Open good, closed bad.
This maxim coined in the early Internet era should guide the debate on the appropriate use of Web 2.0 and social media sites in Congress that's erupted in the last 48 hours. Unfortunately, those on the left who have traditionally advocated for openness online have decided to circle the wagons for the inadequate rules proposed by franking chair Rep. Mike Capuano, while attacking social media impresario Rep. John Culberson. Others like the Sunlight Foundation, who have taken an appreciably strong position, pin the blame amorphously on "Congress" and give cover to Speaker Pelosi as she tries to wriggle out from under Capuano's idiocy. In the process, they forget which side is fighting for openness and which side is fighting to codify an archaic, semi-closed system.
While "Let Our Congress Tweet" is an appropriate and necessary sentiment, it's time for Sunlight and others who care about this issue to specifically endorse the principles set forth by Republican Reps. Kevin McCarthy, Vern Ehlers, and Tom Price, while rejecting Rep. Capuano's misplaced war on "commercialism" and picking of winners in the Web 2.0 space through a list of approved sites members could use.
Boiled down, the McCarthy-Ehlers-Price proposal would:
- Encourage, but not require sites like YouTube to set up commercial-free areas for members of Congress. While web behemoths like YouTube can easily accomodate this request, what about niche sites like Twitter, FriendFeed, Qik, or Utterz? As I'll explain below, a Congressional mandate would also be a taking of private property.
- Allow members to post to any site they want, with broad, common-sense guidelines for content. So you still can't post campaign stuff no matter which site you're on -- which is the primary impetus behind these rules.
- No "approved" site list -- e.g. you can post to YouTube but not Blip.tv, or Twitter but not FriendFeed. Government is bad at picking winners, but they'd be absolutely horrible at keeping up with the dizzying pace of Web 2.0 startups, where the landscape changes almost daily.
Faced with the realities of an ever-changing and dynamic Web, Capuano keeps rolling out this "commercialism" trope, suggesting there is a legitimate interest in keeping Congressional content off of sites with any advertising. Sorry, but that train has already left the station. But moreover, members of Congress, like the broader online community, has already voted with its feet, choosing highly commercialized sites like YouTube over stale government-approved standards. What's more, constitutents like it when they can easily find and embed government content on sites they use everyday. Both sides are being well served by a hands off approach. So what exactly is the problem here?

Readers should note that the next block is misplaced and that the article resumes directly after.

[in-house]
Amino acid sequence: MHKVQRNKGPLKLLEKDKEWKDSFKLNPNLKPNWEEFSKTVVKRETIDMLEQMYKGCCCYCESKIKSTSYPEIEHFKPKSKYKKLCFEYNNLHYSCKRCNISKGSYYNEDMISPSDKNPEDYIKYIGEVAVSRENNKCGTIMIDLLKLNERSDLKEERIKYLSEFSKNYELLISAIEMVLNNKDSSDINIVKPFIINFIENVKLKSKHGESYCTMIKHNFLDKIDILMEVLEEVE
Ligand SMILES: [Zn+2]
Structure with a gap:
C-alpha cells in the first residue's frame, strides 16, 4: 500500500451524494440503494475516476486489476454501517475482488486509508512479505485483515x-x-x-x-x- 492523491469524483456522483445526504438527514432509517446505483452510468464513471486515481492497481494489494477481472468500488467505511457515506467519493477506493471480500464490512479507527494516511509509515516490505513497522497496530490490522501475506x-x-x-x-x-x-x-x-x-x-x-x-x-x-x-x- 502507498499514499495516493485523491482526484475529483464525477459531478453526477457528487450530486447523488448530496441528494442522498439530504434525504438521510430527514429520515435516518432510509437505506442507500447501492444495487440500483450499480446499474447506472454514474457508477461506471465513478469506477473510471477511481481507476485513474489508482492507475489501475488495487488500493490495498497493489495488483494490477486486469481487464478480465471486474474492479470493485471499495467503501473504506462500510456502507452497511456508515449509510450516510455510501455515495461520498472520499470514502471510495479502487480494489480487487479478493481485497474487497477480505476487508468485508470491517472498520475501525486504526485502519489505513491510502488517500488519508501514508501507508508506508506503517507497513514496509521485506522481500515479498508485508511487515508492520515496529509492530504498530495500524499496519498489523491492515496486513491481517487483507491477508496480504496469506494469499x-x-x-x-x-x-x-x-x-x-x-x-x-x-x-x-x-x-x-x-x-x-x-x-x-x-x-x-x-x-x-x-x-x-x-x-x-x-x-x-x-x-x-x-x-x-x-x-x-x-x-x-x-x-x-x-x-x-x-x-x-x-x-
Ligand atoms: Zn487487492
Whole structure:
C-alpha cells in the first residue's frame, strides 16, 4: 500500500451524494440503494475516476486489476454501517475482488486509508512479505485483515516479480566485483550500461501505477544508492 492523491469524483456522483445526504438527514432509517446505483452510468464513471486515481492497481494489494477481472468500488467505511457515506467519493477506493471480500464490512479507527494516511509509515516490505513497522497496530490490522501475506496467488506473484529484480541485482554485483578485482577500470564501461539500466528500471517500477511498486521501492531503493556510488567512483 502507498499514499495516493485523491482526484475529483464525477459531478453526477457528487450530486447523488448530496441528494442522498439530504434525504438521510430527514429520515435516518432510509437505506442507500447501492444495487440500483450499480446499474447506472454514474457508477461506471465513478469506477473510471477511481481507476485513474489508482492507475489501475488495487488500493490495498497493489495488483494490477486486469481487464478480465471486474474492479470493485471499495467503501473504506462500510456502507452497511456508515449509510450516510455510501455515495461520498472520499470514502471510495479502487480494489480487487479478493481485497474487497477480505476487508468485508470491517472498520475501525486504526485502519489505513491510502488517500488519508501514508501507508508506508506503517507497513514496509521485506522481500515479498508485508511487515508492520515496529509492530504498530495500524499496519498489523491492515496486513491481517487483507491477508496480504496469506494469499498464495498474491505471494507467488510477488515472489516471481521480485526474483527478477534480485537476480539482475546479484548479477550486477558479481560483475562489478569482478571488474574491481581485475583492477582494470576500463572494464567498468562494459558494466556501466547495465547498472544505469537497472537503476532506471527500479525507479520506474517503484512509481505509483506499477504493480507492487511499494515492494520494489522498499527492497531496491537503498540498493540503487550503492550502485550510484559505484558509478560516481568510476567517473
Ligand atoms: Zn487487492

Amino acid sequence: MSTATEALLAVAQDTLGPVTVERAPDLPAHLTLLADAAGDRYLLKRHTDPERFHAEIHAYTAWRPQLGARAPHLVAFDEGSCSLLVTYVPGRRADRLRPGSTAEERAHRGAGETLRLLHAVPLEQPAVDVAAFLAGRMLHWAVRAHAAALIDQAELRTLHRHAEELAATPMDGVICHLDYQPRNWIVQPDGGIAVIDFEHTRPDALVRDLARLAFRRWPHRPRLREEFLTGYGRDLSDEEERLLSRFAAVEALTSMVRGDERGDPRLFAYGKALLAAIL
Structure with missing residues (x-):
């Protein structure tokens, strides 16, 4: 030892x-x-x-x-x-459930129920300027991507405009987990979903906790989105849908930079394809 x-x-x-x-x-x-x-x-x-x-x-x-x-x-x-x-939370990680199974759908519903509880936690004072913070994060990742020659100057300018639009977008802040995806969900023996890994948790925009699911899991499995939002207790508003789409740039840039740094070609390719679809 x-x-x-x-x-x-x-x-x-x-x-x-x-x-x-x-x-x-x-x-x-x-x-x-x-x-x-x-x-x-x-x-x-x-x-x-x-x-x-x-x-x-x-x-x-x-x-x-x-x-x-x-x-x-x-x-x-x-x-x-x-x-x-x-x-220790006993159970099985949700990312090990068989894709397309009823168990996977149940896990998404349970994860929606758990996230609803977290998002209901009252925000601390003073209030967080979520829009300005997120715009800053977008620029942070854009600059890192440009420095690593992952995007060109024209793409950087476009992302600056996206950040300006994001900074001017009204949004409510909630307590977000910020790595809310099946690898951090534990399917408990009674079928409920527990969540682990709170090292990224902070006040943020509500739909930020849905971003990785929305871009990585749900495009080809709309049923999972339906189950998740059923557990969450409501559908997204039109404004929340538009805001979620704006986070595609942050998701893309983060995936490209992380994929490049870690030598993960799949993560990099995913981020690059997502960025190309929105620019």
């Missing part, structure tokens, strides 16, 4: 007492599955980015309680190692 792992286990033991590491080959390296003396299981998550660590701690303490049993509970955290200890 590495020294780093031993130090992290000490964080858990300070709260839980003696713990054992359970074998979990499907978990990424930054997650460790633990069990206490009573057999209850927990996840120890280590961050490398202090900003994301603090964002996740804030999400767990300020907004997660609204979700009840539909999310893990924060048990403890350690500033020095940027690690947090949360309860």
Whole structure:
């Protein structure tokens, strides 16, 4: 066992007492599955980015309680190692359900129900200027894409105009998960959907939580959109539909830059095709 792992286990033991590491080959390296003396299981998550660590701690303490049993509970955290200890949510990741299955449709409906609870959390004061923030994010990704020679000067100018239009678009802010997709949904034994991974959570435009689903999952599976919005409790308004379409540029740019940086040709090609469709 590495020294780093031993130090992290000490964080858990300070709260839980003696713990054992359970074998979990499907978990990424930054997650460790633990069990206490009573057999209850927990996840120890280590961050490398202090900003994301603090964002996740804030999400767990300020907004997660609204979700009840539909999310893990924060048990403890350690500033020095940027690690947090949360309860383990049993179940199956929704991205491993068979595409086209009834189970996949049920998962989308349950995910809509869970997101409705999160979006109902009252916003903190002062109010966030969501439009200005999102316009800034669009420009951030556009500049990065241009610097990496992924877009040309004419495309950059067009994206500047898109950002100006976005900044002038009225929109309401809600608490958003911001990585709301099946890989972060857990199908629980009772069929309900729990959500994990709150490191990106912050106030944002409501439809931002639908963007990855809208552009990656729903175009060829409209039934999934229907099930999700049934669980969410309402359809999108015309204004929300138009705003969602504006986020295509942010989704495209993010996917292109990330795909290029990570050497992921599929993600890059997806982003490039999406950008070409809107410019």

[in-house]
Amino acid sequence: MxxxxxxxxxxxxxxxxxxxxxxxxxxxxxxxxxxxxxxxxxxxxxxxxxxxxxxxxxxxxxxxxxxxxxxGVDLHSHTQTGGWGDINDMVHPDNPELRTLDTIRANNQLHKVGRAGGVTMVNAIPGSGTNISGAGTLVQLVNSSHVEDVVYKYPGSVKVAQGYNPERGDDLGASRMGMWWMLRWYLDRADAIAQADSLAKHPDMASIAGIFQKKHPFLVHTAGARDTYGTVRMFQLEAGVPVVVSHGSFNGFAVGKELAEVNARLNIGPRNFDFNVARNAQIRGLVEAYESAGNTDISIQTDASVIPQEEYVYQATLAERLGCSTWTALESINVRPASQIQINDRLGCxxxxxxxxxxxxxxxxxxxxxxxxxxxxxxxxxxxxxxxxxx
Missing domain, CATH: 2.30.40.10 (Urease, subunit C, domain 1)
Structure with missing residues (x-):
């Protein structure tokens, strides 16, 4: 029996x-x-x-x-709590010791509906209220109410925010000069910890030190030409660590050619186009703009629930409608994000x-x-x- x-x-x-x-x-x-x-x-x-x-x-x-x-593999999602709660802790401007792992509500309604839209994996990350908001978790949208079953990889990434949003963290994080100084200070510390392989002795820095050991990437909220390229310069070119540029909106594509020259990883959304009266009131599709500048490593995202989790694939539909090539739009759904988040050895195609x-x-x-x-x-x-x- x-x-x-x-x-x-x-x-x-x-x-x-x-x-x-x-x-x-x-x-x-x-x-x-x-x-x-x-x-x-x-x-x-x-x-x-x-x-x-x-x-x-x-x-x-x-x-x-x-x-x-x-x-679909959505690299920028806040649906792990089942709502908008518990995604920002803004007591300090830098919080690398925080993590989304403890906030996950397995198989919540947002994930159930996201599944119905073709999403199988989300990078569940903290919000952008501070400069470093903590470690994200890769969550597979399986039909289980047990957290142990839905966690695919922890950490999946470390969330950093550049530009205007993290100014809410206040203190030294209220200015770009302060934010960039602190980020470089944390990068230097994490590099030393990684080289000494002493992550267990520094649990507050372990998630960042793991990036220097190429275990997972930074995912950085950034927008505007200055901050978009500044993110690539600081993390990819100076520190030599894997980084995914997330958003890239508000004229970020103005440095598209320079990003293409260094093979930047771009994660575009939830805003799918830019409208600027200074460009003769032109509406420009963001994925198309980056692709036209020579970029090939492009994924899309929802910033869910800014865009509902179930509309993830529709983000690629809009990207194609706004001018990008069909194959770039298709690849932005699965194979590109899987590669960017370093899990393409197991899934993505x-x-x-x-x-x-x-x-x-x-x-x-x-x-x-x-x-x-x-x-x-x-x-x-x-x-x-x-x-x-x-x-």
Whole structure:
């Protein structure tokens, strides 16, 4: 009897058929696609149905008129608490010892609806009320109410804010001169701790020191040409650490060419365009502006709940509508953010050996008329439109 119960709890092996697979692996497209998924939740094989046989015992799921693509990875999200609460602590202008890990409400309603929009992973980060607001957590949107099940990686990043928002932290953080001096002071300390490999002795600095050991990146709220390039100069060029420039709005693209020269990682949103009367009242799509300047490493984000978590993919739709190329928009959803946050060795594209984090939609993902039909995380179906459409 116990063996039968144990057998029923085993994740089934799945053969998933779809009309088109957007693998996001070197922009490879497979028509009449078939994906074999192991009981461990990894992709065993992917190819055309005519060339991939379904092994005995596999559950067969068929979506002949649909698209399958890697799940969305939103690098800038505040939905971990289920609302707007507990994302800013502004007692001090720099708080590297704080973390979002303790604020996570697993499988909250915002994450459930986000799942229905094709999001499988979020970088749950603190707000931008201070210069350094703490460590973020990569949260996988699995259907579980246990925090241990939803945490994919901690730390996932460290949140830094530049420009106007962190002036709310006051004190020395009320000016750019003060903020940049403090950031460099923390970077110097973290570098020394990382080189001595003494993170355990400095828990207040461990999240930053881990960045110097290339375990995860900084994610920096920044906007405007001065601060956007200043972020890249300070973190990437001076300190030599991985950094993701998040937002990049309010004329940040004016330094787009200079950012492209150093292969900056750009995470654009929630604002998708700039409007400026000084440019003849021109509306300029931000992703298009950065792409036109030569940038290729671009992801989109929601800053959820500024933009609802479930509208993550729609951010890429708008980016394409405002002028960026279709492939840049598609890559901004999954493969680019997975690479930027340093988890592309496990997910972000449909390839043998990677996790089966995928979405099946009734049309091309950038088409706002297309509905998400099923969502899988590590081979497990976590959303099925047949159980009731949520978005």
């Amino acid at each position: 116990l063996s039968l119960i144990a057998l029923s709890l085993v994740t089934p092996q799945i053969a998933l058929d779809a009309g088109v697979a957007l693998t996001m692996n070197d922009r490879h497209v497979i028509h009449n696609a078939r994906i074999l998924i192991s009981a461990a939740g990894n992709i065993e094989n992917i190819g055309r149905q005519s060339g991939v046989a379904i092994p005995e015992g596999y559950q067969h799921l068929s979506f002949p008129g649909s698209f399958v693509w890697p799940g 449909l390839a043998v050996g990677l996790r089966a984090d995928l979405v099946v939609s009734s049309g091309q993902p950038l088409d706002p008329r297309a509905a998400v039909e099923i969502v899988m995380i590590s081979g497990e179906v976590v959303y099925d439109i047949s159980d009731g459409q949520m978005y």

And the Republican plan offers a reasonable standard -- encourage but not require commercial-free areas of social sites. Requiring it would create some clear property rights issues. The terms of service on most Web 2.0 sites state that once uploaded, your content is owned by the site -- doesn't matter if you're the President of the United States or doing basement videography. That site has the right to monetize that content (which they own) as they see fit. To prevent them from doing so is a taking of private property.
Bottom line: any hope of keeping Congressional content away from advertising on third party sites defies common sense, especially when that content will invariably be embedded and mashed up.
Why not work backwards from the things the public would actually find jarring and offensive about the use of these tools in Congress -- rather than Rep. Capuano's bizarre desire to socialize the Internet? There are two things that any common sense observer would say are out-of-bounds for a member of Congress:
- The display of any paid advertising on a .gov site. The means no rollover, pre-roll, or post-roll on videos embedded on an official website. Seems pretty easy not to run afoul, as political videos receive this type of advertising on YouTube. But I see no problem, per se, with these appearing in a House member's channel on YouTube.com. It is YouTube's property after all. The White House doesn't own the rights to an Oval Office address, and networks can sell ads against it.
- The distribution of campaign messages in any official venue, be it on a House member's official website, their Twitter account, YouTube, etc. Again, pretty simple, totally self-policing, and an extension of the common-sense rules of today.
Can you think of anything else? I can't.
Would Sunlight and other transparency advocates be in favor of open, "network neutral" standards such as those embraced McCarthy et al.? Or will they try and muddy the waters between the current Republican and Democratic plans, when one is clearly better from an openness, transparency, and public interest standpoint?
(As hinted in the last paragraph, I find it particularly hilarious that the techno-left circles the wagons for Capuano when it is so vocally in favor of net neutrality. Isn't net neutrality all about not discriminating between different online platforms? And isn't this exactly what Capuano's plan would do?)